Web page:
Artist Thomas Hirschhorn once said ‘It is not necessary to publicise not producing—to do so is defensive or selfish, and, for sure, narcissistic’ and I feel this manifests completely with my collection and myself. This collection has allowed me to create a physical representation using fashion narrative and dioramas, of what we are creating through our daily consumer habits. This process brings the issues of our consumer habits to the forefront of what we all participate in: dressing.
THE COLLECTION | My collection is a critique of and my personal reaction to some of the common consumer rituals, processes of mass production, and value systems of the fashion industry. The collection has a broad communication focus, and explores political, philosophical and social ideologies of consumer behaviour. My collection was generated from my own critical compilation of fashion narrative, poetry and experiential dioramas that are compiled from listening in on conversations in shopping malls and my own experience in the industry thus far. These observations and my additional research drove the creation of the wearable artefacts that have unified together as an unconventional collection exaggerating both the humour and ridiculousness of mass consumption.
The aesthetic of my collection questions the significance of materiality in terms of sustainable or unsustainable fashion practices which can lead us to wonder what really makes waste Waste? Through developing my own zero waste techniques, using found and unconventional materials, alongside unwanted purchased fabrics, my collection deconstructs the value systems of the fashion industry by pushing the wearability and usability of fabrics critiquing the purity politics in fashion manufacturing and production.
My collection employs juxtaposition by satirising our daily consumer behaviours such as grocery shopping, buying new shoes, eating etc. I have deliberately paired biodegradable products in plastic and exaggerated the experience of our consumption through creating mass(ive) produced garments and woven electrical cords. This materiality and process symbolises the weight of consumption. Alongside my publications and dioramas, I aim to evoke emotion and question value through referencing our daily routine. This excessively evocative process encourages conversation around our understanding of our own consumption and its role in our daily lives.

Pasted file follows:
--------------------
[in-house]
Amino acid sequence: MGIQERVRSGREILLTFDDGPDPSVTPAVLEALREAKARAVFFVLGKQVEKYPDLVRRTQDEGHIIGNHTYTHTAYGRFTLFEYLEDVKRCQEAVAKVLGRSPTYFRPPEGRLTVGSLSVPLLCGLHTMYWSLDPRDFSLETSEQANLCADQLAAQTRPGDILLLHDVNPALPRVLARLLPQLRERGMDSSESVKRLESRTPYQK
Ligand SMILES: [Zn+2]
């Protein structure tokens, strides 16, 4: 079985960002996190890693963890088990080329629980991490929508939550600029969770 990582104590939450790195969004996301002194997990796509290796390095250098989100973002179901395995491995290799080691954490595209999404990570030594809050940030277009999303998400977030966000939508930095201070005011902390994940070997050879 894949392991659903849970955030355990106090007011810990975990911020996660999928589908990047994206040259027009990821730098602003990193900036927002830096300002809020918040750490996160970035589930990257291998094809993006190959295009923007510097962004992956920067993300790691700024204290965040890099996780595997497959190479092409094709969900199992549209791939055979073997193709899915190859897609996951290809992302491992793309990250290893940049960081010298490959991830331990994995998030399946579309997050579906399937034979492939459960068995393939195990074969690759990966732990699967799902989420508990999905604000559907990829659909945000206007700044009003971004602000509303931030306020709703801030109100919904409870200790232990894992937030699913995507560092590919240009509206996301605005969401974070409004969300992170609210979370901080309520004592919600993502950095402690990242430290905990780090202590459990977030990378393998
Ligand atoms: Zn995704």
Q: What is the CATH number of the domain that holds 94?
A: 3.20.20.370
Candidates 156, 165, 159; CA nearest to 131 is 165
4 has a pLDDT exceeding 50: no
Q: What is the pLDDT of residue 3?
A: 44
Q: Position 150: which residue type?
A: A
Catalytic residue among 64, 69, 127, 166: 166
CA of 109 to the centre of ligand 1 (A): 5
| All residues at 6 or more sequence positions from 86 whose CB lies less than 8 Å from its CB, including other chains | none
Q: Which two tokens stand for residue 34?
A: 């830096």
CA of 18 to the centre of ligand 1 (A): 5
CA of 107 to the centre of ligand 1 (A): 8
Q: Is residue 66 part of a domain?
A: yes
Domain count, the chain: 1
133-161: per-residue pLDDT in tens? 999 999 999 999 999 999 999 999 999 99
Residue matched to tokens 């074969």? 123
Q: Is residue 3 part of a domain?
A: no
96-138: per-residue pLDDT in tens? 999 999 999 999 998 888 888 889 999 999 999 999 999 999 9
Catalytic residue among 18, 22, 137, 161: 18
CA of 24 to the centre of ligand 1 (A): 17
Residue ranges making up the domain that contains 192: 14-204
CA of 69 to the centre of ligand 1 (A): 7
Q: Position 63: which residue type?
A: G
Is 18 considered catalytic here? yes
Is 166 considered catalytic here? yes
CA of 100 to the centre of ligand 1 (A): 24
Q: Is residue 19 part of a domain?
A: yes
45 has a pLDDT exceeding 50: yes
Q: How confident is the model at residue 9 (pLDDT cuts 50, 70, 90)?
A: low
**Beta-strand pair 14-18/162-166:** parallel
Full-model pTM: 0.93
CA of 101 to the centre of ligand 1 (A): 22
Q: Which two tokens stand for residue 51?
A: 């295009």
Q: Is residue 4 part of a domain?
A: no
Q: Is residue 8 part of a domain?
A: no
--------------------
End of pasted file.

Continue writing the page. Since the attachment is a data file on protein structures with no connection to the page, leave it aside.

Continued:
WHAT’S NEXT | The horizon currently looks like fishing, fam time and sunsets. However, I would love to further encourage awareness and conversation by involving the public through workshops/publications/installations. I am in awe of the local talent in Melbourne and would love the opportunity to collaborate with local artists to further broaden awareness of the impact of our consumer culture.
ADVICE | This year in particular has taught me to ensure you love what you are doing and that you are excited and passionate!! It’s a bit corny but I think fashion is about staying true to YOU!
For me MFW was surreal. Being able to show my collection to the public and be able to watch people’s reactions to my collection strutting down the runway was incredible, and I got exactly what I wanted: smiles and laughs.
You can get in touch with Hannah here | email@example.com
WHY FASHION? I’ve always sewn my own clothes, even as a little girl. When I turned 18 I moved to Melbourne from country Vic and worked in costume. Sewing and pattern making is my passion, I have just always loved it.
THE COLLECTION | My collection named ‘Deadair’ is my look at the women's movement and how women have been oppressed throughout history, contrasted by what I see women to be. I drew inspiration from birds, as they represent freedom. Mushrooms, the layers and conditions they grow in. I also looked at metal for inspiration on all the forms it can take and yet still remain strong and undestroyed, regardless of its treatment.
I used different silks and tules, with these fabrics I layered them and created my feathers. I also used a faux leather to mold over structure in each outfit.
I used the toiling process to refine my garments and to design and create the perfect piece.
WHAT’S NEXT | Finishing my diploma is really the most exciting thing I’m concentrating on at the moment. I also am working in bridal which is great experience and skill enhancing. I’m hoping in the next few years to expand my own label.
ADVICE | You never stop learning. And be grateful for everything people are willing to teach you.
You can get in touch with Lucy here | firstname.lastname@example.org
WHY FASHION? | It's a way to tell a story. Clearly translated or not, I can personally put meaning to something.
THE COLLECTION | How a dubious cultural thread can shape an identity.
WHAT’S NEXT | Seeking a deeper creativity that surpasses my own understanding.
ADVICE | Question... is it something you need?
All images are thanks to the designers, and runway/backstage images by Lucas Dawson.